lives in York with his partner and two youngish children. Over the past 12 years, he has had many poems published in online and paper magazines, such as Magma, Ink Sweat & Tears, Obsessed with Pipework, Snakeskin, Dreich, Poems in the Waiting Room, London Grip & Shadowtrain. He has recently had a pamphlet published entitled The Cold War (Lapwing Publications).
It can be purchased here:
Or if Twitter users DM Tristan, @Tristanmossss they can purchase a copy directly from him.
1. When and why did you start writing poetry?
About 20 years ago, I was in an Oxfam bookshop in Sheffield and picked up a book of early Chinese poetry (One Hundred and Seventy Chinese Poems translated by Arthur Waley). This book sparked my interest in poetry. The poems were written with simple, clear language and had images and ideas I could understand.
My initial interest in Chinese poetry led me to read Japanese poetry too, specifically haiku, senryu and tanka. After a while, I started to try and write some of these short forms. I also became interested in imagist poets, such as Ezra Pound and William Carlos Williams, due to their link to Japanese and Chinese poetry. As my interest in poetry grew, I read more widely.
2. Who introduced you to poetry?
I don’t think anyone introduced me to poetry. I have introduced both my kids to poetry though. And my daughter now loves reading and writing poems and recently had one published in Snakeskin. I was so proud of her.
3. How aware are and were you of the dominating presence of older poets traditional and contemporary?
I’m not nor ever have been aware of the dominating presence of older poets.
4. What is your daily writing routine?
I don’t have one. I write when I have time and when I have ideas, which might mean when I’m walking to work, cooking tea for the kids, or after I’ve got them to bed.
Once I have an idea or image that interests me, I become quite focused on finding the right words to describe/develop it. If I don’t have any specific ideas or images that I’m passionate about, I sometimes go through old ones that I failed to develop into successful poems, in the hope of seeing a new way of using one.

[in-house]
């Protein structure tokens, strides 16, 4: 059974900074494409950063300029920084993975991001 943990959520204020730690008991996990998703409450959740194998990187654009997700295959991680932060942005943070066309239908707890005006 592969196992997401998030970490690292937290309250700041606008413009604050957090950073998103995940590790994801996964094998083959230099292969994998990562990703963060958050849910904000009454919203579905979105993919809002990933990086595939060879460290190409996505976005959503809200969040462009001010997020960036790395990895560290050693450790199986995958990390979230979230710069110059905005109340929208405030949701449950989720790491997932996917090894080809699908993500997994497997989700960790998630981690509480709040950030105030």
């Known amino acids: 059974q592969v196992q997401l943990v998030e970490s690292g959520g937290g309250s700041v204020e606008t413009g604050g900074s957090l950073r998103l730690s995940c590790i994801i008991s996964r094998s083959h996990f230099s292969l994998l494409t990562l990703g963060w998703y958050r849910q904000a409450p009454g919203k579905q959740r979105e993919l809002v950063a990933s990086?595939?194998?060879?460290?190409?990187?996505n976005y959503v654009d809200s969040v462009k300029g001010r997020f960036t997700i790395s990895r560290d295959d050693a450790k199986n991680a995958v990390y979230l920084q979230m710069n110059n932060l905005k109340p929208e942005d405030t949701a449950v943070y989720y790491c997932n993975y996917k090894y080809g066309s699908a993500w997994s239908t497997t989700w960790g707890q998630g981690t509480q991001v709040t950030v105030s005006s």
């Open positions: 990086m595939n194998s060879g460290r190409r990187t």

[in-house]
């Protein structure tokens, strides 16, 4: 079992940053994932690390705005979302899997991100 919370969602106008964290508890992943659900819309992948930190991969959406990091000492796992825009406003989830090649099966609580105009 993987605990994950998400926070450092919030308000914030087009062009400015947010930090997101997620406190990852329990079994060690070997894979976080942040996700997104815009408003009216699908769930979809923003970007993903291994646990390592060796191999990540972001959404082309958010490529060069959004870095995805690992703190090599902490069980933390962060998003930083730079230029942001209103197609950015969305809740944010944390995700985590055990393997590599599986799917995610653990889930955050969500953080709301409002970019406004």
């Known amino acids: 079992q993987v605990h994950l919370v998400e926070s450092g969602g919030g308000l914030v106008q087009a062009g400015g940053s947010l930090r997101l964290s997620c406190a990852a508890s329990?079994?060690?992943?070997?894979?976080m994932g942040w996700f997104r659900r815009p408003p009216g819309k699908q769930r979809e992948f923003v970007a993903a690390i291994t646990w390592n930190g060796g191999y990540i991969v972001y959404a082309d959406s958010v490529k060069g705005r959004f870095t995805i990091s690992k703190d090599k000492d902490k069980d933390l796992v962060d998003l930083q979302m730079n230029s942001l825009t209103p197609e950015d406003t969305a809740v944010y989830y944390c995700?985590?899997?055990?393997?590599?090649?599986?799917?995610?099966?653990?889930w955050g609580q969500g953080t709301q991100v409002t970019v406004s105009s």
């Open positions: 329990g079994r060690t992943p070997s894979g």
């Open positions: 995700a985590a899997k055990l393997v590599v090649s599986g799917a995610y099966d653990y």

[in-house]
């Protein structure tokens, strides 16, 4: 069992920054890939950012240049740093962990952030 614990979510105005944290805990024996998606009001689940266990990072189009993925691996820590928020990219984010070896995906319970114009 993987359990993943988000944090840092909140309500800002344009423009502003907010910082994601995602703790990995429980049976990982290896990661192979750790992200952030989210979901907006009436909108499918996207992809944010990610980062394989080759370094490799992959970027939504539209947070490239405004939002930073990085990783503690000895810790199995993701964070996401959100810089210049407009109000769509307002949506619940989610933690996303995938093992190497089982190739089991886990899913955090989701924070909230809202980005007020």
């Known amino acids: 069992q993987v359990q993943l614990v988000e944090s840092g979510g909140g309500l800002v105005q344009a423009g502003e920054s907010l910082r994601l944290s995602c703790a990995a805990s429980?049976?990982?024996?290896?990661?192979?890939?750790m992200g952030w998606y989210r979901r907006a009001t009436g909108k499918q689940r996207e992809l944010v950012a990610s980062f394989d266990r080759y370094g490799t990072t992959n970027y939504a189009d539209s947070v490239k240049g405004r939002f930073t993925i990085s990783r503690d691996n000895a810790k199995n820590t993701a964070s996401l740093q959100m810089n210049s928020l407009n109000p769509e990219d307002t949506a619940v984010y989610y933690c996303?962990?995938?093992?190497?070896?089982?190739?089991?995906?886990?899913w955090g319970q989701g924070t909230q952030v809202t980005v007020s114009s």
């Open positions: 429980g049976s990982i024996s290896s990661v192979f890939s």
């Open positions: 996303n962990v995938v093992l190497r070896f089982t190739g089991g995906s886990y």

5. What subjects motivate you to write?
The pamphlet that I recently published (The Cold War) was written because I wanting to describe events in my childhood and how the loss of my parents made me feel. However, subjects don’t usually motivate me to write. The ideas or images I have that relate to them do.
6. What is your work ethic?
I write whenever I feel moved to and have time. Writing is a privilege and a haven for me. If I’m worried about something, writing and getting lost in language and ideas can often help me escape this worry for a period.
7. How do the writers you read when you were young influence your work today?
I didn’t really read poetry when I was at school as I am dyslexic, and I didn’t have the reading skill to understand it. But in my 30s, I was influenced by early Chinese and Japanese poetry which still have an impact on my work today.
8. Whom of today’s writers do you admire the most and why?
I admire so many. I love what Kay Ryan does – her brevity and the subtle ideas embedded in her poems. I also love Ian Seed’s prose-poems which are so fertile with ideas and pull you in with their excellent use of rhythm.
Four poetry books I return to are Miroslav Holub’s Poems Before & After, Italo Calvino’s Invisible Cities (I realise that some wouldn’t call this a poetry book), T.S. Eliot’s The Love Song of J. Alfred Prufrock, and One Hundred and Seventy Chinese Poems translated by Arthur Waley.
9. Why do you write, as opposed to doing anything else?